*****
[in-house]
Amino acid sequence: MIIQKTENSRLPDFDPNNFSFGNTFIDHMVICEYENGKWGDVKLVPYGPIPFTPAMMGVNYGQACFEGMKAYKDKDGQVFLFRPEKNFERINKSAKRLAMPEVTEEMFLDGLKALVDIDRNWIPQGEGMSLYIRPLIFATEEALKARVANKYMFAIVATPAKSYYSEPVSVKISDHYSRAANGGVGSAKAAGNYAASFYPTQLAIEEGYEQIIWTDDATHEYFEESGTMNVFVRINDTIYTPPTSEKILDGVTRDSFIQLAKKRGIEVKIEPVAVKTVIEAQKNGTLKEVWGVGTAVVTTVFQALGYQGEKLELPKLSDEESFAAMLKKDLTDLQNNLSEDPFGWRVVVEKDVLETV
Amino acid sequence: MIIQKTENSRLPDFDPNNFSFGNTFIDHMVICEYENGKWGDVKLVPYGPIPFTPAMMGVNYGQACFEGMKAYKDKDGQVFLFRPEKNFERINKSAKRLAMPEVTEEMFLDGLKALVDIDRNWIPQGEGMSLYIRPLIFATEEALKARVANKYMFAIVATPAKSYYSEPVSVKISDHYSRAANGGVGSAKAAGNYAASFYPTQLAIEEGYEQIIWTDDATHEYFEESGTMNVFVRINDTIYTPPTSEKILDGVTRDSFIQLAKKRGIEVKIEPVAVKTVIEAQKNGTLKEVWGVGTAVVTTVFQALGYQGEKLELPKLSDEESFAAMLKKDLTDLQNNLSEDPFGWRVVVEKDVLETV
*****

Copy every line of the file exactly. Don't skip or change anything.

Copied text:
[in-house]
Amino acid sequence: MIIQKTENSRLPDFDPNNFSFGNTFIDHMVICEYENGKWGDVKLVPYGPIPFTPAMMGVNYGQACFEGMKAYKDKDGQVFLFRPEKNFERINKSAKRLAMPEVTEEMFLDGLKALVDIDRNWIPQGEGMSLYIRPLIFATEEALKARVANKYMFAIVATPAKSYYSEPVSVKISDHYSRAANGGVGSAKAAGNYAASFYPTQLAIEEGYEQIIWTDDATHEYFEESGTMNVFVRINDTIYTPPTSEKILDGVTRDSFIQLAKKRGIEVKIEPVAVKTVIEAQKNGTLKEVWGVGTAVVTTVFQALGYQGEKLELPKLSDEESFAAMLKKDLTDLQNNLSEDPFGWRVVVEKDVLETV
Amino acid sequence: MIIQKTENSRLPDFDPNNFSFGNTFIDHMVICEYENGKWGDVKLVPYGPIPFTPAMMGVNYGQACFEGMKAYKDKDGQVFLFRPEKNFERINKSAKRLAMPEVTEEMFLDGLKALVDIDRNWIPQGEGMSLYIRPLIFATEEALKARVANKYMFAIVATPAKSYYSEPVSVKISDHYSRAANGGVGSAKAAGNYAASFYPTQLAIEEGYEQIIWTDDATHEYFEESGTMNVFVRINDTIYTPPTSEKILDGVTRDSFIQLAKKRGIEVKIEPVAVKTVIEAQKNGTLKEVWGVGTAVVTTVFQALGYQGEKLELPKLSDEESFAAMLKKDLTDLQNNLSEDPFGWRVVVEKDVLETV